How Does Nutrition Affect Learning?by Melissa Luznicky Garrett
If you've ever been stuck at work, stomach rumbling from hunger, you know how difficult it can be to concentrate on the task in front of you. You might feel tired, sluggish and even a little irritable. As a consequence, you're probably not able to perform to the best of your ability. Now imagine you're a child who had to go to school without breakfast because your parents didn't have enough money to feed you. Unfortunately, this is a reality for many school-aged children, and the effects of poor nutrition on learning are a widespread problem.
In order to function properly, the brain needs a constant supply of healthy fats, proteins, carbohydrates, water, vitamins and minerals. The amino acids found in high-protein foods are responsible for the firing of the brain's chemical messengers called neurotransmitters. Vitamins and minerals convert amino acids to neurotransmitters, while the sugars found in fruits and vegetables power the brain. When a child is deficient in any one of those food sources, he might seem confused, irritable, distracted or apathetic.
In the Womb
Good nutrition habits start long before your child even enters the world and can impact how he learns later in life. Unfortunately, not every mother-to-be is able to provide her baby with the best possible start. Whether she is a teenager who doesn't understand the importance of proper nutrition or a woman who must skimp on her food budget just to make ends meet, those pregnant women who do not consume an adequate intake of vitamins, minerals and nutrients are at a greater risk of giving birth to low-birthweight babies. According to a 1991 report by the Denver, Colorado, Education Commission of the States, nearly 5 percent of babies born weighing 5.5 pounds or less suffer greater instances of hearing and vision problems and require specialized education services at some point during their school years.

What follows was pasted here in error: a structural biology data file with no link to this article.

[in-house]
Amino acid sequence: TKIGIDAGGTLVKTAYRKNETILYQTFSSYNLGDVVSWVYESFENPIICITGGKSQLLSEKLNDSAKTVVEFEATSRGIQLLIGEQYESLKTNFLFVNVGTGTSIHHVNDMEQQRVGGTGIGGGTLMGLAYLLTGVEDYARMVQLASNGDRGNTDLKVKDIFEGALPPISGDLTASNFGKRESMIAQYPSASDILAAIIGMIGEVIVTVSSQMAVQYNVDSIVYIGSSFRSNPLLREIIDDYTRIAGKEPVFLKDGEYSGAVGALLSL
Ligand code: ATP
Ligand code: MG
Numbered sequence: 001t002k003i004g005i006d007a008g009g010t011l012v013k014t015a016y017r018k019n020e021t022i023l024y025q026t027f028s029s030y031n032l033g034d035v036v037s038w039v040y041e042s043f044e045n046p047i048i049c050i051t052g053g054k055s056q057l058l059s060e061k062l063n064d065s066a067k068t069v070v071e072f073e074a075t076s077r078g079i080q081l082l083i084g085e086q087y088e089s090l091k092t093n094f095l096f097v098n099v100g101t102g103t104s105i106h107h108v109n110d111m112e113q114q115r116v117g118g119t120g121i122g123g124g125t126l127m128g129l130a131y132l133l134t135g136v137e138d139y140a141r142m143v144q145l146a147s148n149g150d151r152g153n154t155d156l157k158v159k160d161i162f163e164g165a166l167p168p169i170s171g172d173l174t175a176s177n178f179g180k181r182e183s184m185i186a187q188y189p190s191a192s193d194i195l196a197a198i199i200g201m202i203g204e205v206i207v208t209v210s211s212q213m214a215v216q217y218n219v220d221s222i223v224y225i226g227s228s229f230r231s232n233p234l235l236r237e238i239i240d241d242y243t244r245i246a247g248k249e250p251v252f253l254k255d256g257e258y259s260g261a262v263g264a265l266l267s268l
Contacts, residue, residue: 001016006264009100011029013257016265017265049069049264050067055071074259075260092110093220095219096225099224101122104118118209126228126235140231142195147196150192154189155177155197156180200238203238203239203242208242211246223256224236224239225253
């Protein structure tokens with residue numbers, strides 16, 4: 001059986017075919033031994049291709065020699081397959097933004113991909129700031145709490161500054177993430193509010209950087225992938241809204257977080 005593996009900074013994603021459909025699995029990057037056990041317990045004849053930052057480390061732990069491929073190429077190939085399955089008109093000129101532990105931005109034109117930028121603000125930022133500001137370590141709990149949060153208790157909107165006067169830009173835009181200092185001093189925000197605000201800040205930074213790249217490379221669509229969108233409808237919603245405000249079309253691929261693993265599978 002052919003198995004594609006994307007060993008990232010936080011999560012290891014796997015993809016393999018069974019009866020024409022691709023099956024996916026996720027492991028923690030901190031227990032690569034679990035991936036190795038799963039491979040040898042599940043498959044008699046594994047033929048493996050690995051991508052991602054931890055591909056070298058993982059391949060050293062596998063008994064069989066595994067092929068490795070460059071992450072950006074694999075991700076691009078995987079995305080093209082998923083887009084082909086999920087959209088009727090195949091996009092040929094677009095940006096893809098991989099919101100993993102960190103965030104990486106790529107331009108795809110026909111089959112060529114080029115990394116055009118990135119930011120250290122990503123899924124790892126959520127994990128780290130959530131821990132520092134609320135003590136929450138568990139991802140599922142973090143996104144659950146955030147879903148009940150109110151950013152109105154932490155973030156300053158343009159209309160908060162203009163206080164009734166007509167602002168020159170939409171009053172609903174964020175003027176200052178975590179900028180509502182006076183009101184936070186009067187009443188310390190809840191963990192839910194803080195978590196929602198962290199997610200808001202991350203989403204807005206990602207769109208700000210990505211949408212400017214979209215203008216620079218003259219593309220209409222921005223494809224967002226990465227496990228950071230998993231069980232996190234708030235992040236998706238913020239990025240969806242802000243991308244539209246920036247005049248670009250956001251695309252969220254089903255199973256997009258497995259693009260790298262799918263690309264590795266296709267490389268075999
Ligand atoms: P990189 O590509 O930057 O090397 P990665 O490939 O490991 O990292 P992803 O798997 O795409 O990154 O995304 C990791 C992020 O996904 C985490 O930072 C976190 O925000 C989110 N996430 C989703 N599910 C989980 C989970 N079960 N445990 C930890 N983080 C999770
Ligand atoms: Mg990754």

According to a report by the American School Health Association, fourth-grade students with a poor protein intake scored lower on achievement tests than their peers with adequate nutrition. Similarly, those students who showed an iron deficiency exhibited symptoms similar to ADHD: short attention span and difficulty concentrating as well as fatigue and irritability. Schoolchildren who skip breakfast in the morning consistently underscore on problem-solving tests that measure for speed and accuracy. Likewise, children who routinely skip meals decrease their body's ability to fight infection and illness. As a consequence, those children are more likely to miss school and fall behind their peers.
Unfortunately, poverty and poor nutrition habits go hand in hand. School districts that serve a higher number of impoverished children often see a decrease in standardized test scores. Many children go to school hungry, unable to concentrate in class, and they might even miss school altogether. In addition, children who come from families in which both parents work are more likely to eat convenience-type foods that are high in fat, calories and sugar, all of which can impair a child's ability to function at optimal level while in school.
Education and Services
In an attempt to combat the effects of poor nutrition on learning, more school districts are now offering improved financial services to impoverished children. Students who qualify can receive reduced or free lunches. Some schools even offer a breakfast program for those parents who must drop them off before classes begin. Additionally, schools are now beginning to see the merit of incorporating lessons on nutrition in their everyday curriculum. Likewise, some district-wide school nutrition programs facilitate classes that teach low-income parents the importance on proper food choices and meal preparation.